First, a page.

The Holodomor National Awareness Tour will be stopping at North Battleford Comprehensive High School Oct. 11 and 12.
Students and the public will have an opportunity to view the travelling museum featuring a "mobile classroom" with theatre-style seating.
The tour has been making its way across Manitoba and Saskatchewan this fall to raise awareness of the Soviet-inflicted famine, with stops in Prince Albert and Hafford before it heads to North Battleford Tuesday.
Eighty-four years ago Holodomor, the man-made famine that killed an estimated 2.4 to 7.5 million Ukrainians, began. For many Canadians with Ukrainian roots, awareness of Holodomor — literally translated to "death by hunger" — has been passed on by relatives who witnessed it. Yet, given its massive scale and the reverberating effect it's had on survivors and their descendants, some still feel more can be done to remember the victims.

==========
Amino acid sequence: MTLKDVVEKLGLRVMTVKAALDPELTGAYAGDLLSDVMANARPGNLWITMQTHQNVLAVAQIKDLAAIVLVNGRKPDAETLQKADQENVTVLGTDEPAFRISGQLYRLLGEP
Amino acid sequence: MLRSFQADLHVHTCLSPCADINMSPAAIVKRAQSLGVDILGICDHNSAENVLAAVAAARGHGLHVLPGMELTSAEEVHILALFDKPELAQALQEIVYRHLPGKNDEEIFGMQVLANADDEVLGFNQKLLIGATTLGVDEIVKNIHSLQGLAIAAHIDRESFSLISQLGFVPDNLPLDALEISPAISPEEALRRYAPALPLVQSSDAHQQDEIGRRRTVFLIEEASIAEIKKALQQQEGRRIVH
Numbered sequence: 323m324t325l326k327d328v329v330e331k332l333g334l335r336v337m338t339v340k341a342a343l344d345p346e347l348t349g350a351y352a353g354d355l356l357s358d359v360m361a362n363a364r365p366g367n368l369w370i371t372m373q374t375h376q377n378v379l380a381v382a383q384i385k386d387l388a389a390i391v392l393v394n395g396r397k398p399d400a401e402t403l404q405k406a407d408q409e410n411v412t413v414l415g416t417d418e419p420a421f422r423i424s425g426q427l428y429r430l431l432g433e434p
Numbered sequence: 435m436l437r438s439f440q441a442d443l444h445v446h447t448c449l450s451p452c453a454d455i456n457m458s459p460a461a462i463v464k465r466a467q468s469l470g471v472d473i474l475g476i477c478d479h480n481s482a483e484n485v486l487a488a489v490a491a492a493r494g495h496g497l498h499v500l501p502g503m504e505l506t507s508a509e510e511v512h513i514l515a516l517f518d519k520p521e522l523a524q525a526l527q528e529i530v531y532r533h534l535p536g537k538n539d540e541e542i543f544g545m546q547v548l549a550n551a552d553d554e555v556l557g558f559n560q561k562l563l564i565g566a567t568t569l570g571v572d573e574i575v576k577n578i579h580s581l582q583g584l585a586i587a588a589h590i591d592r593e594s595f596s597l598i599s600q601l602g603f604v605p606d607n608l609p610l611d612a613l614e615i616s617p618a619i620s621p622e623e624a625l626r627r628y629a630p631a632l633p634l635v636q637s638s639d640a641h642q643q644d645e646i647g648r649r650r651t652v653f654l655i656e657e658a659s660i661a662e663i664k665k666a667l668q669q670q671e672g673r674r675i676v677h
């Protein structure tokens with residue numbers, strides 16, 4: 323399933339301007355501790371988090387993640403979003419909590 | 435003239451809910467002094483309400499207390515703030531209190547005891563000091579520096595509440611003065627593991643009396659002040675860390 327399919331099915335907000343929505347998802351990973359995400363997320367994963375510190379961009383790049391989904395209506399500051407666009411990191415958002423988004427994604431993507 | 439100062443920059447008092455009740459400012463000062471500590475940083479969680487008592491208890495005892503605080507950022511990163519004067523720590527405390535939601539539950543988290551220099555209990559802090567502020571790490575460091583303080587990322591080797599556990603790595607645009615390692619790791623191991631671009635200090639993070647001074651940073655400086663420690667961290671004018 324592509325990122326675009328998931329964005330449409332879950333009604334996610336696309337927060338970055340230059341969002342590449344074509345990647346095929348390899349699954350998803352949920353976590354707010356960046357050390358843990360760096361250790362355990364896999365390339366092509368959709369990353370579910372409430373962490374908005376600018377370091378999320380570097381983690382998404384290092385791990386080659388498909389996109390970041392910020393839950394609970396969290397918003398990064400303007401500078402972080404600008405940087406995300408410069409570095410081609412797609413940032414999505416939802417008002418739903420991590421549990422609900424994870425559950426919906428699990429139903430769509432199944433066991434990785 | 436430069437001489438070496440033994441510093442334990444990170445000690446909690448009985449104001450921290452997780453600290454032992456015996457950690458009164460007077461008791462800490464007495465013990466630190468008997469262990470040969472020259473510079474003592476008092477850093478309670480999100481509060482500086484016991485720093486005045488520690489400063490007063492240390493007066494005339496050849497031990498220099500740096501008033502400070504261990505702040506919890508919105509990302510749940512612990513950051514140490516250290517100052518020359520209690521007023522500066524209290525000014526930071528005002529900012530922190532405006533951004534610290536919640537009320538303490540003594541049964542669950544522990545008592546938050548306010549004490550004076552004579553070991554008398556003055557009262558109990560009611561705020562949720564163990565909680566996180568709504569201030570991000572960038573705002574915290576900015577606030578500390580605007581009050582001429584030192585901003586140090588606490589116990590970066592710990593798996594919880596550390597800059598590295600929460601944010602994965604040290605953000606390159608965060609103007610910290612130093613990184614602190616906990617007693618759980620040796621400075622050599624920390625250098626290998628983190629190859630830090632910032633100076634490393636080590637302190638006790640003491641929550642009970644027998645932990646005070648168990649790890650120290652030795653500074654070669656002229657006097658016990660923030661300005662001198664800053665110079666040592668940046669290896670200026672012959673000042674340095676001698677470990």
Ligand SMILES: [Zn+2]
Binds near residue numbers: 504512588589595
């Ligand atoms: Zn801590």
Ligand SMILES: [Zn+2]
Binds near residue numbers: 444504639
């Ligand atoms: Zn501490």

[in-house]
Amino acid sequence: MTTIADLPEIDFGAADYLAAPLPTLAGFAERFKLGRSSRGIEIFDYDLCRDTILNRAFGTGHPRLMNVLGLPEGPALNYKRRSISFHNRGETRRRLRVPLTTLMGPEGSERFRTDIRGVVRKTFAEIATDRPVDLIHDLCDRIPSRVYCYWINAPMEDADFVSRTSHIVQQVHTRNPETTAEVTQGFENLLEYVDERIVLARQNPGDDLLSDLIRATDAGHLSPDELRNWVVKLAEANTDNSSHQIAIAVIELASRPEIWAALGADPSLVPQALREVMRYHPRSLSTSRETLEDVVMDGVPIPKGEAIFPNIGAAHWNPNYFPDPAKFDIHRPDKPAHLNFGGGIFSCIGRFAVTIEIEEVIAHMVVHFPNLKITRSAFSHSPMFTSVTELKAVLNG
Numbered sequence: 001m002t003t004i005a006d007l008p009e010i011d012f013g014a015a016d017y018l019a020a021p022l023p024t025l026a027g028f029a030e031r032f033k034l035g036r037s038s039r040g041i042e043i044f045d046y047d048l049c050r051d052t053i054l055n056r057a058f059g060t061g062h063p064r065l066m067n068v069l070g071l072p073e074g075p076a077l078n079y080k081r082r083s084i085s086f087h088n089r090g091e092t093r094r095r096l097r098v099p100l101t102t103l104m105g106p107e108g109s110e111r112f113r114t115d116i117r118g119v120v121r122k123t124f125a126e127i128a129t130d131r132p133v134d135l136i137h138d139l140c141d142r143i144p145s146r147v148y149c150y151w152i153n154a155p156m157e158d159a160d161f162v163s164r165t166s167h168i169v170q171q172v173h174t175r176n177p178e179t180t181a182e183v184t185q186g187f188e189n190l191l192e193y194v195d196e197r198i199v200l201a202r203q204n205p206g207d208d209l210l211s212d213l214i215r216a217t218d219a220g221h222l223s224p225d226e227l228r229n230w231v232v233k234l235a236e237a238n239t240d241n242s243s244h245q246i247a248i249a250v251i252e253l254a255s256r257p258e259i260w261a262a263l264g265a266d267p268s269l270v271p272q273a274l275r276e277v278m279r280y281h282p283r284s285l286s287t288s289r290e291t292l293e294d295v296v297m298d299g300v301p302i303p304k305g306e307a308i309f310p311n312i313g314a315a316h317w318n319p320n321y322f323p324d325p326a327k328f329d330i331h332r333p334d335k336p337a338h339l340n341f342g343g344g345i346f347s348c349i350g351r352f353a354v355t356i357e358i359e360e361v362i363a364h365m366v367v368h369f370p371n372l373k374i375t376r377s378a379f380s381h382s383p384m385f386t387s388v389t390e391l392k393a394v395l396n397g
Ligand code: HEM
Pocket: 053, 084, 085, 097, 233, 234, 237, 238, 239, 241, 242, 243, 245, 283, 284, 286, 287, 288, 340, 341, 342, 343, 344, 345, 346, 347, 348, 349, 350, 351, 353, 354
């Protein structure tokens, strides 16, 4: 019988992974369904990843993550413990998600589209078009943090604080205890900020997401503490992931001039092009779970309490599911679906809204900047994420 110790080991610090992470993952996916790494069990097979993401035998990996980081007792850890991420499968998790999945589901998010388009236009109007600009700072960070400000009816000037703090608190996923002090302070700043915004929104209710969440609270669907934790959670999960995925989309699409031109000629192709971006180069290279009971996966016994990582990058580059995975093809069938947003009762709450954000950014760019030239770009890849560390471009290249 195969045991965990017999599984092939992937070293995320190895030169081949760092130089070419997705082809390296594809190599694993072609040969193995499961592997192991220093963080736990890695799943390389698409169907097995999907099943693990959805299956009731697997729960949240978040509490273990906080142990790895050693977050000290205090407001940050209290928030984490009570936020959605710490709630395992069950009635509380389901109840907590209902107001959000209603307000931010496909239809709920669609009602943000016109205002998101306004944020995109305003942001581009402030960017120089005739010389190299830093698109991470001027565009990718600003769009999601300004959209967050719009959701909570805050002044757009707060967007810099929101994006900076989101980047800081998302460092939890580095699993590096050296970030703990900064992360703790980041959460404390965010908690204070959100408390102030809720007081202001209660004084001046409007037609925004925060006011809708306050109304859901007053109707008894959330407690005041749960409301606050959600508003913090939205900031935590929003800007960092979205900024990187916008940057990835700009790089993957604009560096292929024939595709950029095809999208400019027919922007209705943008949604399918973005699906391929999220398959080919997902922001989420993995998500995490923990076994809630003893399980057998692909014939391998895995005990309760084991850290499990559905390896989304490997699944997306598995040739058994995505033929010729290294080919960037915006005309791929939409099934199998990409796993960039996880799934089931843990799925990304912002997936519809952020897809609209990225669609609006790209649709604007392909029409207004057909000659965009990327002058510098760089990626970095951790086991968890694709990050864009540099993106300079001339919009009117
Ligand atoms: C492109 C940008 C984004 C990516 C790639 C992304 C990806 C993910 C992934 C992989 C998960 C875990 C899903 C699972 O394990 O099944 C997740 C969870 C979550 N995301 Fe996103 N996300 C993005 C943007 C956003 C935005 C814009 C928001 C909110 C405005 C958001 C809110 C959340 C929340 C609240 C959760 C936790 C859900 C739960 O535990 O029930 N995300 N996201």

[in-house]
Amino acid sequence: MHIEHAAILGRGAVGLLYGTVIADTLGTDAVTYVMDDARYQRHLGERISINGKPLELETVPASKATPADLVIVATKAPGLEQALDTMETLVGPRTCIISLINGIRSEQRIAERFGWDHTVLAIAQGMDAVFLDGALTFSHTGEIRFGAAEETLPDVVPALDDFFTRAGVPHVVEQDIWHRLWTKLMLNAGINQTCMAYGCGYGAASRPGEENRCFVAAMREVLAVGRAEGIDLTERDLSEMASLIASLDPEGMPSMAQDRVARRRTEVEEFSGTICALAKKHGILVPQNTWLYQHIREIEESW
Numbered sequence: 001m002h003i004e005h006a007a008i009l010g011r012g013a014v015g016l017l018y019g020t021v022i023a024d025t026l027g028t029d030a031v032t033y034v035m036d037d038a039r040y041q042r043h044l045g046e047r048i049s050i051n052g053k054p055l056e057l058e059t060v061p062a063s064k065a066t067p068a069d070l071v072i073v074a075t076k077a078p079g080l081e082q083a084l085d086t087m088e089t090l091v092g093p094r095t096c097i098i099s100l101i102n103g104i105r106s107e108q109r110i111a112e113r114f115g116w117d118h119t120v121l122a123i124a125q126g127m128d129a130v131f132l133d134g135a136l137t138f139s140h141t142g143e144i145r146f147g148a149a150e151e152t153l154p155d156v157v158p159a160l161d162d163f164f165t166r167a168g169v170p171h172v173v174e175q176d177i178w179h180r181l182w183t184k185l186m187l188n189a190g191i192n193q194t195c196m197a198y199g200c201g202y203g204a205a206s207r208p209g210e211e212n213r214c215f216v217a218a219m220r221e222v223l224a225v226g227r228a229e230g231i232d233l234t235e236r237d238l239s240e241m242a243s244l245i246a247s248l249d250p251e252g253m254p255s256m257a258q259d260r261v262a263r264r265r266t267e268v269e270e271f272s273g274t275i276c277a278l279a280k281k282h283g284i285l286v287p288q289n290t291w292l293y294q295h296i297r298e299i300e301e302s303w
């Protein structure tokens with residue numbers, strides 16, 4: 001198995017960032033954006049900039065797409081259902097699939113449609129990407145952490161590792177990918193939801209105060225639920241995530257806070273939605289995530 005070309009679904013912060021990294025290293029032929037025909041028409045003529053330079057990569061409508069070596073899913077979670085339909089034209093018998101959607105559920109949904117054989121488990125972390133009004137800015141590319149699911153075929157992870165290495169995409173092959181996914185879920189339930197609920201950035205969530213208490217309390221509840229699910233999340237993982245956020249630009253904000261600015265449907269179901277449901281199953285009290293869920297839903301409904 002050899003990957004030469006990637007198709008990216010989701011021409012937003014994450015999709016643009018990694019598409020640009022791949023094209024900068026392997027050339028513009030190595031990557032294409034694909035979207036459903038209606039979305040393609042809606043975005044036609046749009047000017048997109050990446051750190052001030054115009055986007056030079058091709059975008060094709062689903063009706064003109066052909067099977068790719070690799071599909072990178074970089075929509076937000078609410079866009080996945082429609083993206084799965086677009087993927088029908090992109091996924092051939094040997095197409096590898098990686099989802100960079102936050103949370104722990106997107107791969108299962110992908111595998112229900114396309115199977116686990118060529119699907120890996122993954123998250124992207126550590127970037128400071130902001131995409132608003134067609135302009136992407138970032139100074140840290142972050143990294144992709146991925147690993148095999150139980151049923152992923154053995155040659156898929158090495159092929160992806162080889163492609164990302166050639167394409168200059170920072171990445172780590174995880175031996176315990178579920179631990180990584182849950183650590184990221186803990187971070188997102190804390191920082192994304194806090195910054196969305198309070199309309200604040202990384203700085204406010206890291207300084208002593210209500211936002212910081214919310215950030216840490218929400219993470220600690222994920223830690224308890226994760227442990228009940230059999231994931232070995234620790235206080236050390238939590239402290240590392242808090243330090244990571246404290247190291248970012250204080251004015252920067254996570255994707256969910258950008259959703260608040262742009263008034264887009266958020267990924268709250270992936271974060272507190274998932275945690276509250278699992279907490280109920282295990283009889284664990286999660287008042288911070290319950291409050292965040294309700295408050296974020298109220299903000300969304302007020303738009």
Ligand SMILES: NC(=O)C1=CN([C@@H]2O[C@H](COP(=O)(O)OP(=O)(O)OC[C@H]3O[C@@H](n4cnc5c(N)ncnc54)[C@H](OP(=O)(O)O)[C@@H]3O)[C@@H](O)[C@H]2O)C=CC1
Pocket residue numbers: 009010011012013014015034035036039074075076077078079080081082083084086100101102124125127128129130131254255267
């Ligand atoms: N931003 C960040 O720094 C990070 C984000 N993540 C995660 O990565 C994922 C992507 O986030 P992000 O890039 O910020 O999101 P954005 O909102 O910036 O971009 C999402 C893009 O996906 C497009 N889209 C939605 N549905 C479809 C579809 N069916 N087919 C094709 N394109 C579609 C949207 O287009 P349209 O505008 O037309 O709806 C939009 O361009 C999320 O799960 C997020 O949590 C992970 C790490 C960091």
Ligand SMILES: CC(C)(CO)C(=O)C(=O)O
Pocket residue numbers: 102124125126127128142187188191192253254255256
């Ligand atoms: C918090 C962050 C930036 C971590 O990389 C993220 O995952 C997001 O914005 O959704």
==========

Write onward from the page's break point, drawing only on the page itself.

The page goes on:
In 2008, Canada was the first country to officially recognize Holodomor as ethnic genocide of Ukrainians inflicted by the Soviet Union through starvation. Canada's recognition of genocide is a rejection of the claim that the famine was simply a consequence of Soviet re-direction of grain supplies. Since 2008, 24 other nations in addition to Canada have recognized Holodomor as genocide.
The Ukrainian Canadian Cultural Council, whose Battlefords branch helped organize the museum’s stop at local schools, has a goal of integrating this part of Ukrainian history into school curriculums. Paul Kardinal, a Battlefords Ukrainian Canadian Cultural Council member says that until relatively recently, Holodomor has not been "brought to the fore."
He says with this travelling tour, whose stops have often been at schools, more people — in particular younger generations — will learn about this troubling part of world history that affected many Ukrainian-immigrant Canadians.